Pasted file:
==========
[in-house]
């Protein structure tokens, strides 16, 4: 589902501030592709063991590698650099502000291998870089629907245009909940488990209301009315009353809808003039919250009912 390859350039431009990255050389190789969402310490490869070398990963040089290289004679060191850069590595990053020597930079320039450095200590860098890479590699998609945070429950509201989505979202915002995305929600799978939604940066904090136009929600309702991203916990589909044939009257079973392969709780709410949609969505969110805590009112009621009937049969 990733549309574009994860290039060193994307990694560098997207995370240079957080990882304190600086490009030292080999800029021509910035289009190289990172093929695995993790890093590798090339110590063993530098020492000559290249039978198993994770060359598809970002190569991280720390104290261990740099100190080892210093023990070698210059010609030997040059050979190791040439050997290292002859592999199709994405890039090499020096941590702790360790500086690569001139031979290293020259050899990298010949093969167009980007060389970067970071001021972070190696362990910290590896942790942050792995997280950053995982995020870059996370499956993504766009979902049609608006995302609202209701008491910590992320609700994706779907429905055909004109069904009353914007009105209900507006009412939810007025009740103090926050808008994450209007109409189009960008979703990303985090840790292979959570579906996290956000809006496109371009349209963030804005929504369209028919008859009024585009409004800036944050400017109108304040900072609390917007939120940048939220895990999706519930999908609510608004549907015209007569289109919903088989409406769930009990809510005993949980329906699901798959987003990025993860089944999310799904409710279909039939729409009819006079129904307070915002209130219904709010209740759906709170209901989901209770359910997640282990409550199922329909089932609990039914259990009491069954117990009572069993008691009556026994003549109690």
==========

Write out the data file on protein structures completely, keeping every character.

[in-house]
């Protein structure tokens, strides 16, 4: 589902501030592709063991590698650099502000291998870089629907245009909940488990209301009315009353809808003039919250009912 390859350039431009990255050389190789969402310490490869070398990963040089290289004679060191850069590595990053020597930079320039450095200590860098890479590699998609945070429950509201989505979202915002995305929600799978939604940066904090136009929600309702991203916990589909044939009257079973392969709780709410949609969505969110805590009112009621009937049969 990733549309574009994860290039060193994307990694560098997207995370240079957080990882304190600086490009030292080999800029021509910035289009190289990172093929695995993790890093590798090339110590063993530098020492000559290249039978198993994770060359598809970002190569991280720390104290261990740099100190080892210093023990070698210059010609030997040059050979190791040439050997290292002859592999199709994405890039090499020096941590702790360790500086690569001139031979290293020259050899990298010949093969167009980007060389970067970071001021972070190696362990910290590896942790942050792995997280950053995982995020870059996370499956993504766009979902049609608006995302609202209701008491910590992320609700994706779907429905055909004109069904009353914007009105209900507006009412939810007025009740103090926050808008994450209007109409189009960008979703990303985090840790292979959570579906996290956000809006496109371009349209963030804005929504369209028919008859009024585009409004800036944050400017109108304040900072609390917007939120940048939220895990999706519930999908609510608004549907015209007569289109919903088989409406769930009990809510005993949980329906699901798959987003990025993860089944999310799904409710279909039939729409009819006079129904307070915002209130219904709010209740759906709170209901989901209770359910997640282990409550199922329909089932609990039914259990009491069954117990009572069993008691009556026994003549109690």